Guiding management of therapy in prostate cancer: time to switch from conventional imaging to PSMA PET?

Radiolabelled small molecules for imaging prostate cancer have rapidly emerged over the last few years with gallium-68-labelled prostate-specific-membrane-antigen-11 (68Ga-PSMA11), the most widely used. However, the current evidence-based guidelines for management of prostate cancer were established using computed tomography (CT), magnetic resonance imaging (MRI) and bone scan, despite their limitations. Prostate-specific-membrane antigen (PSMA) positron-emission tomography (PET)/CT, however, has higher sensitivity and specificity and can lead to both upstaging and downstaging and subsequent changes in management of prostate cancer. The literature for PSMA PET/CT is mostly in the setting of biochemical recurrence and primary staging of intermediate-to-high-risk prostate cancer. Preliminary studies also suggest that there may be a role in nonmetastatic castrate-resistant prostate cancer (nmCRPC) and possibly response to therapy. Despite high sensitivity and specificity, PSMA PET/CT as a single modality for staging advanced prostate cancer is suboptimal, given the low PSMA expression in this subgroup and the complementary role of fluorodeoxyglucose (FDG) PET/CT is required. This is also true in early-stage prostate adenocarcinoma with neuroendocrine differentiation or small-/large-cell neuroendocrine tumours of the prostate. Lack of a globally accepted standardized reporting system for PSMA PET/CT is a current limitation. This is essential to pave the way to incorporating this invaluable molecular imaging modality in clinical trials to assess its impact on outcome, particularly when upstaging or downstaging conventionally imaged disease. This would then lead to recognition by healthcare providers, incorporation into guidelines for management of prostate cancer and routine use in clinical practice.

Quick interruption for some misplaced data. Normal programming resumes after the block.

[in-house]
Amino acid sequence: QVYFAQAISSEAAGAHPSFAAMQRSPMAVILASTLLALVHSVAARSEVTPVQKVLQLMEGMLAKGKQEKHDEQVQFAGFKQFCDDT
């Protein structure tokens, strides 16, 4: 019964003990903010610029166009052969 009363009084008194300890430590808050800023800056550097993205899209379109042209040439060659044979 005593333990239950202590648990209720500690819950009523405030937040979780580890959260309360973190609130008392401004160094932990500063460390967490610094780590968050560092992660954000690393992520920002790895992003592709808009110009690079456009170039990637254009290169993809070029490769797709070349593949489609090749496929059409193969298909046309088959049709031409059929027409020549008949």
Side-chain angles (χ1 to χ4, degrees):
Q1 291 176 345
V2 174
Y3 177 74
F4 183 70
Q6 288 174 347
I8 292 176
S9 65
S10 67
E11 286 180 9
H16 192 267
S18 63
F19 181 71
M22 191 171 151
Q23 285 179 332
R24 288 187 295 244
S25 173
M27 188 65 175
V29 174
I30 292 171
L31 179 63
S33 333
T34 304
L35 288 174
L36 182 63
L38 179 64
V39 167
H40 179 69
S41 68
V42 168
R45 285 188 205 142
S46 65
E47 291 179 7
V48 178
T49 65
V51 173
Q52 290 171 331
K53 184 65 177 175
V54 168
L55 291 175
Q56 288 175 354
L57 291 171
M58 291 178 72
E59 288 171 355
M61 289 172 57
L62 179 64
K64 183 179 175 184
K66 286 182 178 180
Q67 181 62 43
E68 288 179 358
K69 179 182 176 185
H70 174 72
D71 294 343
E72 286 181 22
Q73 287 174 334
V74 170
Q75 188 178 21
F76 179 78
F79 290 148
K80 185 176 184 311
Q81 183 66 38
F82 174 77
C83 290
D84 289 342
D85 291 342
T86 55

Therapeutic advances in medical oncology. 2019 Sep 20*** epublish ***

Ramin Alipour, Arun Azad, Michael S Hofman

Molecular Imaging and Therapeutic Nuclear Medicine, Peter MacCallum Cancer Centre, Level 5, 305 Grattan Street, Melbourne, VIC 3000, Australia., Sir Peter MacCallum Department of Oncology, University of Melbourne, Melbourne, Australia., Molecular Imaging and Therapeutic Nuclear Medicine, Peter MacCallum Cancer Centre, Melbourne, Australia.